Kenyan opposition “will not be party” to election result
NAIROBI/KISUMU, Kenya (Reuters) – Kenya’s opposition said on Friday it would “not be a party” to any imminent announcement of results of the presidential vote by the election commission and rejected the idea of taking its challenge to court.
Provisional results from polling stations show President Uhuru Kenyatta with a lead of 1.4 million votes ahead of Raila Odinga as he vies for a second and final five-year term. Odinga has lost the last two elections, claiming fraud in both cases.
Many Kenyans fear a repeat of the violence that followed the 2007 contested election, when about 1,200 people were killed and hundreds of thousands displaced as political protests lead to ethnic killings.
Odinga’s camp said earlier on Friday it would accept the election result only if allowed to see raw data on the commission’s computer servers.
“We raised some very serious concerns, they have not responded to them. As NASA (opposition coalition) we shall not be party to the process they are about to make,” senior opposition official Musalia Mudavadi told reporters.
James Orengo, one of Odinga’s lieutenants and an election agent for the opposition coalition, said the process had been a “charade”.
He praised the Kenyan people’s history of standing up to stolen elections and said there were “constitutional alternatives” to challenging any result, but he stopped short of calling for protests.
“Going to court, for us, is not an alternative. We have been there before,” he said.
“The Kenyan people have never disappointed … every time an election has been stolen, the Kenyan people have stood up to make sure changes are made to make Kenya a better place.”
Earlier, Orengo had called for the candidates and observers to be given access to the election commission’s servers so there could be a transparent audit of data from 41,000 polling stations across the country.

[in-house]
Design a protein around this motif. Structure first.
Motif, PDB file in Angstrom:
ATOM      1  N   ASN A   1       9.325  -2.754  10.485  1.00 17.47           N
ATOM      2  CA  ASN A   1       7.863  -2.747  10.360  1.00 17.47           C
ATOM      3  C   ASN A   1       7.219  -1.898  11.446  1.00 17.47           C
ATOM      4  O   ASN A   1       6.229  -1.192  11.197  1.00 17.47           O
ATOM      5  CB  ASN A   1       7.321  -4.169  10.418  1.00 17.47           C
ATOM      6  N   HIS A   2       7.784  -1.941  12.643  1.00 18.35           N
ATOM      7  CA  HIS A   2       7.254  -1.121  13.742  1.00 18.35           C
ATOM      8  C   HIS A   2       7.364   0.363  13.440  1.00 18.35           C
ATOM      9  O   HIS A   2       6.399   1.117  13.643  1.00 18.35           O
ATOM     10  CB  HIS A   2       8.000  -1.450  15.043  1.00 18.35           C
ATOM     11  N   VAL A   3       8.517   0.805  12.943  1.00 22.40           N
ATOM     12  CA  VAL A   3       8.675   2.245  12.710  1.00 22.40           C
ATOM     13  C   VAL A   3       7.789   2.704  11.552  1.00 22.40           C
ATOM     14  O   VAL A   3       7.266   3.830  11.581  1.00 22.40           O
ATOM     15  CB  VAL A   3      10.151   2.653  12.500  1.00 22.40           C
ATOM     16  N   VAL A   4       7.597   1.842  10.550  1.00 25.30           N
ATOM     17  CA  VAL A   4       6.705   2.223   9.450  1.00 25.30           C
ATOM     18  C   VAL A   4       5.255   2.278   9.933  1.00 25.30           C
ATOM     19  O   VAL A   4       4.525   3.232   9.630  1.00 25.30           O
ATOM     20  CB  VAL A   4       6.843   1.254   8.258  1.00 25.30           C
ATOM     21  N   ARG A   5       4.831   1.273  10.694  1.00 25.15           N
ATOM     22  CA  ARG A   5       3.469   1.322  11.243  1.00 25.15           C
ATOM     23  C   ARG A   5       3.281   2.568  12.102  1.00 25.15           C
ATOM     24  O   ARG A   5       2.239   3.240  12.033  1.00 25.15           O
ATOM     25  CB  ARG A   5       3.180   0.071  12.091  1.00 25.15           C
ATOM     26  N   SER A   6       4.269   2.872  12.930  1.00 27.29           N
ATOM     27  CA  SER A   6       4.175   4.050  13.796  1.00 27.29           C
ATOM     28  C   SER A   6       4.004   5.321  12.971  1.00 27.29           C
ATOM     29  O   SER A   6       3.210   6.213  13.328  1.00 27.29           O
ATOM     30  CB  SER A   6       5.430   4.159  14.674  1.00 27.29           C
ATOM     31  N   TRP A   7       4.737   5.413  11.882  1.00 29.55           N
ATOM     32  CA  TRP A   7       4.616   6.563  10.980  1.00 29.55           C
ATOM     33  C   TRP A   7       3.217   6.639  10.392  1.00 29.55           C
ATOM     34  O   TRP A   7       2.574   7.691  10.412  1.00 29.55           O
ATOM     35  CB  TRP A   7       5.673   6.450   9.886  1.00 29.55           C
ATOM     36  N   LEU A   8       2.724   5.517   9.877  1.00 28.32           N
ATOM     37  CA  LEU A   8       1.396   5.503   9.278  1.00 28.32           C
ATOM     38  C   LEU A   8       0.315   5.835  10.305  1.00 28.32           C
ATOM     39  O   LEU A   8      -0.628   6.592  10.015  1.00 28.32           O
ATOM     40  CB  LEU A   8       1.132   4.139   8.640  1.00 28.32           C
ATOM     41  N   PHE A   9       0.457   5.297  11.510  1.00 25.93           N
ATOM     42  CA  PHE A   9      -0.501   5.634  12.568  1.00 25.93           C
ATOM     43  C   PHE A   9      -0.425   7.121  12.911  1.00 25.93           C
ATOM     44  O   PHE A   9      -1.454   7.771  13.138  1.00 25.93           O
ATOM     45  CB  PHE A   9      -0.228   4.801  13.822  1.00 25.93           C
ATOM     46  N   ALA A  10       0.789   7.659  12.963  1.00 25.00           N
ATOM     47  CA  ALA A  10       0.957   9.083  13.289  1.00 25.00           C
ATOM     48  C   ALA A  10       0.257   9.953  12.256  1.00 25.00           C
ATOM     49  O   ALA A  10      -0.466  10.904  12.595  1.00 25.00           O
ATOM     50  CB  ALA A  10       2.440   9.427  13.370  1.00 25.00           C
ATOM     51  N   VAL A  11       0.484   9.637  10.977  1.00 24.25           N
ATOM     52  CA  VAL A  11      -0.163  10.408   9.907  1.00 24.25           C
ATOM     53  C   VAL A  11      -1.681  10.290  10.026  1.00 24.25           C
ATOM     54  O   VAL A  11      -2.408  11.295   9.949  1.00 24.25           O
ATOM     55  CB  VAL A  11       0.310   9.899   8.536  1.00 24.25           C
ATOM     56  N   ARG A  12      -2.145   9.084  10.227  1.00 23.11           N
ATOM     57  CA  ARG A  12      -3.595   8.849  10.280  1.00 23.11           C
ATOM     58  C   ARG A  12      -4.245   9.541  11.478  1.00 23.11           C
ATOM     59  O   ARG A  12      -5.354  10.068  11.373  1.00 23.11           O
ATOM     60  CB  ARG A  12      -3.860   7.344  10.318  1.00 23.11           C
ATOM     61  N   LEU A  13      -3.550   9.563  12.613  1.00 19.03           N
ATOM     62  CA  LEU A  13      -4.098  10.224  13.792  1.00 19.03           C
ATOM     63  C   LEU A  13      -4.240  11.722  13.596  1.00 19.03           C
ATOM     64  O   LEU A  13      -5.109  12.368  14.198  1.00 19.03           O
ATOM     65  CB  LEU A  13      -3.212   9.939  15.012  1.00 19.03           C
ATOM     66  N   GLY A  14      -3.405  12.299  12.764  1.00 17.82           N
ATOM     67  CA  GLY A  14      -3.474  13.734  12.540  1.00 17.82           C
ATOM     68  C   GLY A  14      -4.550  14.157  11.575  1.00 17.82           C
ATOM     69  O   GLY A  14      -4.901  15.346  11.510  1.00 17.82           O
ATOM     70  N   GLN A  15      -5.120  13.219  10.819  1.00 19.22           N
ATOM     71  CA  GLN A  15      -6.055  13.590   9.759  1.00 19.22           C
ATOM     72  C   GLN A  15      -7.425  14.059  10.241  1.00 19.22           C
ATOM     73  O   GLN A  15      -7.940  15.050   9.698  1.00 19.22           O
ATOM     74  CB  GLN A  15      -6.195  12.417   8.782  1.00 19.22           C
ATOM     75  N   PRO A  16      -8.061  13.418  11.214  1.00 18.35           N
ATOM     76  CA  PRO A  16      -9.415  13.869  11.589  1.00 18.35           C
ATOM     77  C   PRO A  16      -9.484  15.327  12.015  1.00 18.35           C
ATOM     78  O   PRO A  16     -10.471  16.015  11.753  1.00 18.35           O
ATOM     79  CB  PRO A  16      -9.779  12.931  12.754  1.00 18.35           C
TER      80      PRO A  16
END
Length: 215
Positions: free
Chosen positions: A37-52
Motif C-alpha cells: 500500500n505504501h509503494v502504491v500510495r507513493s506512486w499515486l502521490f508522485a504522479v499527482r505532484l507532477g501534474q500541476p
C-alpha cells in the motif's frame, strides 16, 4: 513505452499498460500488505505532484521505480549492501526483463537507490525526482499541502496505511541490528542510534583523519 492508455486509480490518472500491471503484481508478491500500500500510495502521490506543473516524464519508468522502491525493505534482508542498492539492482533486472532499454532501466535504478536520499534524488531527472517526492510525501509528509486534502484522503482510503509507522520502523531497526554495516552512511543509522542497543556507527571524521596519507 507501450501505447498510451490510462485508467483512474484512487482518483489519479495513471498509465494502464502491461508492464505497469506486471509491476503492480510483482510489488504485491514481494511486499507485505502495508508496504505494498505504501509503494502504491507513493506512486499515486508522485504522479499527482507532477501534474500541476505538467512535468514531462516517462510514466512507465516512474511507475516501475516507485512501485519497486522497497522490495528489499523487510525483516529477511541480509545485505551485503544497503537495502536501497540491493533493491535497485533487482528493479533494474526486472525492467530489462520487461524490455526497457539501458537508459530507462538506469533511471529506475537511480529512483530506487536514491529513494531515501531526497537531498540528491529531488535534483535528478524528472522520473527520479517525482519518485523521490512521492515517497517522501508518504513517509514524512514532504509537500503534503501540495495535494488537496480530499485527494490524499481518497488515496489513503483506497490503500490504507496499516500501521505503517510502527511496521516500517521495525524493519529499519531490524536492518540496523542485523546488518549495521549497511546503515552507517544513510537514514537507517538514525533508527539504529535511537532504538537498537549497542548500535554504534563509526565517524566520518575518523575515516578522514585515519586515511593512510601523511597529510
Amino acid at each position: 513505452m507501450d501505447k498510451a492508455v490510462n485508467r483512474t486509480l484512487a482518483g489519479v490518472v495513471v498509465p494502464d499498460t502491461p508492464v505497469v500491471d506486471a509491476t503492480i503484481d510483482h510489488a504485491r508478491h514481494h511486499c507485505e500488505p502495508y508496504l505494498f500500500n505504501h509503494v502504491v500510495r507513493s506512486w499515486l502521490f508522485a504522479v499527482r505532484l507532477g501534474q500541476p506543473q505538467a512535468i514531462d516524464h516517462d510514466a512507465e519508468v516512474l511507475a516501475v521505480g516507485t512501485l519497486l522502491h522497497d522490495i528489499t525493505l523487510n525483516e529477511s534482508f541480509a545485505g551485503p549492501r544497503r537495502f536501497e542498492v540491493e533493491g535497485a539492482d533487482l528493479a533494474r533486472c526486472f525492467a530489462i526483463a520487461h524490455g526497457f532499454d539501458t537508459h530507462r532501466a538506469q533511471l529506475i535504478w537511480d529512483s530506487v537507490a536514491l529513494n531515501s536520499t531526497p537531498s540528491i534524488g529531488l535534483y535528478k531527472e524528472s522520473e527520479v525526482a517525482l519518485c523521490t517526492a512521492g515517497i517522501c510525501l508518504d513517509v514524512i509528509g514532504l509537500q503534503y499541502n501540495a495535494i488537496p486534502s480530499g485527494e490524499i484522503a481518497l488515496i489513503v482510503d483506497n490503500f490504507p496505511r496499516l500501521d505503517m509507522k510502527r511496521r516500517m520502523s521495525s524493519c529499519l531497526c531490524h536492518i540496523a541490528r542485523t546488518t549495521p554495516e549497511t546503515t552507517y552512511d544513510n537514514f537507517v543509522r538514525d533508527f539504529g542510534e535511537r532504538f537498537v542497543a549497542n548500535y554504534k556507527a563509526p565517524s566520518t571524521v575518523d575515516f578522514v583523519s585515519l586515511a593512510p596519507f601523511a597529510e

Yakub Guliye, election commissioner in charge of information technology, said the opposition had not made a formal request and it would not act on a verbal request.
Normal procedure calls for the commission to release final results after cross checking its electronic tally with paper forms.
Odinga’s camp has said figures released by the commission since Tuesday’s vote were “fictitious” and that “confidential sources” within the commission had provided figures showing Odinga had a large lead in the race.
The election commission rejected the claims, pointing out they contained basic mathematical errors.
Police had beefed up security across much of Kenya – particularly in opposition strongholds in the west and parts of Nairobi – in anticipation of the announcing of the election result on Friday.
At an international conference centre, ruling party supporters sang “Today is our day, God is good” as the president arrived to address them.
Kenya is the leading economy in East Africa and any instability would be likely to ripple through the region.
Odinga is a member of the Luo, an ethnic group from the west of the country that has long said it is excluded from power. Kenyatta is from the Kikuyu group, which has supplied three of four presidents since Kenya gained independence from Britain in 1963.
International observers have given the thumbs-up to the vote and U.S. Ambassador Robert Godec issued a statement on behalf of the diplomatic community calling for any complaints to be channelled through the courts, not street protests.
“If there are disputes or disagreements, the Kenyan constitution is very clear on how they are to be addressed. Violence must never be an option,” he said on Friday.
“Now is the time for leaders, across the political spectrum, to demonstrate their commitment to (the) constitution and to the institutions it creates and the values it sets out.”
But the opposition criticised foreign observers missions, which included former South African president Thabo Mbeki and former U.S. Secretary of State John Kerry, saying they should have been vetted ahead of the vote.
“The observers largely served the interests of the government,” Orengo said.
As well as a new president, Kenyans also elected new lawmakers and local representatives. Some of those races have also been disputed, leading to violence in Garissa and Tana River counties.
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